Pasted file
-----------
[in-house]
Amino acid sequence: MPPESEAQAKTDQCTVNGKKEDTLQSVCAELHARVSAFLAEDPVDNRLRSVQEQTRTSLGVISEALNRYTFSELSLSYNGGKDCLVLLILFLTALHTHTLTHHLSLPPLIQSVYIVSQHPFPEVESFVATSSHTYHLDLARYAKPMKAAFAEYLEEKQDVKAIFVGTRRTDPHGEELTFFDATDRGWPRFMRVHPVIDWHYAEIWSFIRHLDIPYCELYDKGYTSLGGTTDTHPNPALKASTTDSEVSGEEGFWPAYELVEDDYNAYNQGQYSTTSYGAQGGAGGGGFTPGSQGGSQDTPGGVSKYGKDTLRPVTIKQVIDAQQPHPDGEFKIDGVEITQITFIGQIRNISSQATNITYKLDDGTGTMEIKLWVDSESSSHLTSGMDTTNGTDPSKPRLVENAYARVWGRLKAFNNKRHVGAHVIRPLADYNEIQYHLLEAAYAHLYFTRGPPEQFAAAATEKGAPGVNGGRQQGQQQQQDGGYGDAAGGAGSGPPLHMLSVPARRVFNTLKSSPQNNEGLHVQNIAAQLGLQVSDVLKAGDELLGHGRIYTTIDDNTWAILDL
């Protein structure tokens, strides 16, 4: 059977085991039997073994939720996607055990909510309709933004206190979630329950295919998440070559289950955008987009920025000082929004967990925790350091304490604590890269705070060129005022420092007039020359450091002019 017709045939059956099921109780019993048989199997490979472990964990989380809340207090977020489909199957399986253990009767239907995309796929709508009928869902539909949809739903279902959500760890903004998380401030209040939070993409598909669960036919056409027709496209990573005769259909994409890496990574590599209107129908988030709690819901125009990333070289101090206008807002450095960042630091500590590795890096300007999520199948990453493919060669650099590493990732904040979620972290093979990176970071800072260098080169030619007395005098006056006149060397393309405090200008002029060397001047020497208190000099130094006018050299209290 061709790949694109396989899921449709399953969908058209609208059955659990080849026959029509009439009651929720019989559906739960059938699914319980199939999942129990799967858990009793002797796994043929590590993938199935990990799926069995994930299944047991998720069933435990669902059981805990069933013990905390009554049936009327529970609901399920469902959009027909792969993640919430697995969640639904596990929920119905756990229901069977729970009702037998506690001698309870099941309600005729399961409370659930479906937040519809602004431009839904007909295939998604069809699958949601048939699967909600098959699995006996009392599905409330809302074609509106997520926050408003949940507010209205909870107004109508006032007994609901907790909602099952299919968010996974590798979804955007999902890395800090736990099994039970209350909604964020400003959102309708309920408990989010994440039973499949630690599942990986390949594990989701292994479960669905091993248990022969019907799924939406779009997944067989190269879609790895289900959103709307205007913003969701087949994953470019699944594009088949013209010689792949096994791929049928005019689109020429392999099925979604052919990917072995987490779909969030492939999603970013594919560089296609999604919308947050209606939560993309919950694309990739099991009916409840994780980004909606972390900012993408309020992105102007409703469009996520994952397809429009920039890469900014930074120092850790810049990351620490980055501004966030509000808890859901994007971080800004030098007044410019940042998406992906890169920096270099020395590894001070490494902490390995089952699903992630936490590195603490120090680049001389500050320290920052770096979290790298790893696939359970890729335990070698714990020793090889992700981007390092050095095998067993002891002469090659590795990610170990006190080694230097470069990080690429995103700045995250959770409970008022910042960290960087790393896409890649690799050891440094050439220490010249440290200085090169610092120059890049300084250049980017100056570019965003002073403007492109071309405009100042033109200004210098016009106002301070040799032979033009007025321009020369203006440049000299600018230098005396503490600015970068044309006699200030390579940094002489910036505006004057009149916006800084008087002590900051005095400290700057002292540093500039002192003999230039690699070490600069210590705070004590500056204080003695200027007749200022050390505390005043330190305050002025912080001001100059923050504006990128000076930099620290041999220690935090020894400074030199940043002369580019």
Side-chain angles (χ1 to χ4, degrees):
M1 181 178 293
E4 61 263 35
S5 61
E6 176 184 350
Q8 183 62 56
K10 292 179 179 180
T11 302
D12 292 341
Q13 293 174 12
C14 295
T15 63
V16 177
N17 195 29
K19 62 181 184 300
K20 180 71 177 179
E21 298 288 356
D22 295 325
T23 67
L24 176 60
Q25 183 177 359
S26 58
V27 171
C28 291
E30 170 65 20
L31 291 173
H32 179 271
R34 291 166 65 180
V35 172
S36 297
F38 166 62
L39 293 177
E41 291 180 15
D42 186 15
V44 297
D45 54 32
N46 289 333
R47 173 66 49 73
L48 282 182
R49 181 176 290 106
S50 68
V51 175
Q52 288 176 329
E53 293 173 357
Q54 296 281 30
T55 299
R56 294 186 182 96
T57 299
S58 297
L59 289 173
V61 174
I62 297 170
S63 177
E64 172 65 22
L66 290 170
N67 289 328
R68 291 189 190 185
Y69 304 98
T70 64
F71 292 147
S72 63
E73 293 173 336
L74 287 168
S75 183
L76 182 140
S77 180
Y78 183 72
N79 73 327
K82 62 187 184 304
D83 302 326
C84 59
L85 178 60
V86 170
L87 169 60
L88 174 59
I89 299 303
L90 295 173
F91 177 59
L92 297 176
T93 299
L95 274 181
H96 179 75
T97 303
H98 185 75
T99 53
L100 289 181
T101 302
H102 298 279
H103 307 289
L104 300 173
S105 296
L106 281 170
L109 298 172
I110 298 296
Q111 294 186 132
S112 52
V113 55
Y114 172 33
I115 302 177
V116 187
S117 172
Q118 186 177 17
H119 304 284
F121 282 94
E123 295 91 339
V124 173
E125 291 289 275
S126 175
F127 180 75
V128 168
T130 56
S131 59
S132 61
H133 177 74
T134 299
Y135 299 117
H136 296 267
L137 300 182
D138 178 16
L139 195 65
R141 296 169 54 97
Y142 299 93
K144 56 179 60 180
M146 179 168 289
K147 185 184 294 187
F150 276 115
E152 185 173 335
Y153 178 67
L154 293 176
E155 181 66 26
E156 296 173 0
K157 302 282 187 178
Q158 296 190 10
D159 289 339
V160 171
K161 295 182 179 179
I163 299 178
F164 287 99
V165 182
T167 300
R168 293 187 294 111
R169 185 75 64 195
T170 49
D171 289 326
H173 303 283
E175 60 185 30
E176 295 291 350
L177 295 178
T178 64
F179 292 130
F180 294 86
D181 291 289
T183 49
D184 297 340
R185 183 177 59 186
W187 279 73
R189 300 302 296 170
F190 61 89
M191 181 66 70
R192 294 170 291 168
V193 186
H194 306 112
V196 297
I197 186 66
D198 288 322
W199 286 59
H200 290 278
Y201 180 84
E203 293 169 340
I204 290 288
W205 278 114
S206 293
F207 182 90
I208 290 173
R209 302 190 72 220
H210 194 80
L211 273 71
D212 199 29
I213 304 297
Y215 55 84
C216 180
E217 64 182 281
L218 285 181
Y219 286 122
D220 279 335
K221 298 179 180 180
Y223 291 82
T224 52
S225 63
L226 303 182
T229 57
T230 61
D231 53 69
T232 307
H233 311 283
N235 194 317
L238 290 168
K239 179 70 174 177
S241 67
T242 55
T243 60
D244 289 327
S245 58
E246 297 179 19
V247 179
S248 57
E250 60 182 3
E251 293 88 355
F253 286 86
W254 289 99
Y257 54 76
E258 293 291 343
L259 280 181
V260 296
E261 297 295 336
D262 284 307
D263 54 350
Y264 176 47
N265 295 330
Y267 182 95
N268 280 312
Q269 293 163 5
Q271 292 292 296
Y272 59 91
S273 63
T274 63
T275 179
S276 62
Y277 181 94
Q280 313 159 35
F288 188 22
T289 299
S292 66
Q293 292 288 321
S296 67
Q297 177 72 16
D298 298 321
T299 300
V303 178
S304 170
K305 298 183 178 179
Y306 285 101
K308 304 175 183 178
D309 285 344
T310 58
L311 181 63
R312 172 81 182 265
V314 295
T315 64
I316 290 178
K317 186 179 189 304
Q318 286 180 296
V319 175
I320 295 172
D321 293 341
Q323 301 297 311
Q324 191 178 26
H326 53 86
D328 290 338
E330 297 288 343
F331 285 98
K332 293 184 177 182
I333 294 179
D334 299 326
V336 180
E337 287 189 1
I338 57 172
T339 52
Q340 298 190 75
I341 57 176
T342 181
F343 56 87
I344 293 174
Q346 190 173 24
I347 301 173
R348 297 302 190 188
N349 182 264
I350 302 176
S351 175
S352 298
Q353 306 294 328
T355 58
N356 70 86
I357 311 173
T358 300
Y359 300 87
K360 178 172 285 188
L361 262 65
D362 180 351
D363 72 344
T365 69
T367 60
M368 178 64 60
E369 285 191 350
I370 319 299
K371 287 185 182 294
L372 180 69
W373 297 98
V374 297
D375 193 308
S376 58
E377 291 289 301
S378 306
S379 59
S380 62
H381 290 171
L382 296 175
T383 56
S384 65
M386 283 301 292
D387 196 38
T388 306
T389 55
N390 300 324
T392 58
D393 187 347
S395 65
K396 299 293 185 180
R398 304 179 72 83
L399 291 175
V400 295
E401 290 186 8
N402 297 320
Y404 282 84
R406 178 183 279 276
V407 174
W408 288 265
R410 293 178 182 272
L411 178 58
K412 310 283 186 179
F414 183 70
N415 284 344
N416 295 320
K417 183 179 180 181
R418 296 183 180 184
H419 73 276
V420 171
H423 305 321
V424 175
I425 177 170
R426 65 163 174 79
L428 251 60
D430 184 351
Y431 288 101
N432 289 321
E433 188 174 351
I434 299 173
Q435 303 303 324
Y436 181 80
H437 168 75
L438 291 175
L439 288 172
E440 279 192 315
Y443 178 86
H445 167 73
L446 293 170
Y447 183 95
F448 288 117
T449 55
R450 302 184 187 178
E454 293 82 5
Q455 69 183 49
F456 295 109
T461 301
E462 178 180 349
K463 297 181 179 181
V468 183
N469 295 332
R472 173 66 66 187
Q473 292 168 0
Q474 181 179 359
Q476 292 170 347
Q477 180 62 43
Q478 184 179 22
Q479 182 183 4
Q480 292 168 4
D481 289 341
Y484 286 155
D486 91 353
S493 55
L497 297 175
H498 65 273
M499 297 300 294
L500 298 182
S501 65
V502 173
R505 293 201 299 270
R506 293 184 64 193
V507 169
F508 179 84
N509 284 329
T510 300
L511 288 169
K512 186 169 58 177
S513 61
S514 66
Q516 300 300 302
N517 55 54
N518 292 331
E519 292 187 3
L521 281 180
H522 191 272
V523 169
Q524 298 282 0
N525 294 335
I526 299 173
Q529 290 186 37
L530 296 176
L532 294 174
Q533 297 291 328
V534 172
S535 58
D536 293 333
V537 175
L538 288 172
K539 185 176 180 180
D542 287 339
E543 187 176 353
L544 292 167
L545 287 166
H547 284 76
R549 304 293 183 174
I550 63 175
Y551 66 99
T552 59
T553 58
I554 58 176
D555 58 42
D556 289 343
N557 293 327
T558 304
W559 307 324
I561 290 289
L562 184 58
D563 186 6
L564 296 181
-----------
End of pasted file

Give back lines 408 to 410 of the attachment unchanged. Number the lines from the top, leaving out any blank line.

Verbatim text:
N525 294 335
I526 299 173
Q529 290 186 37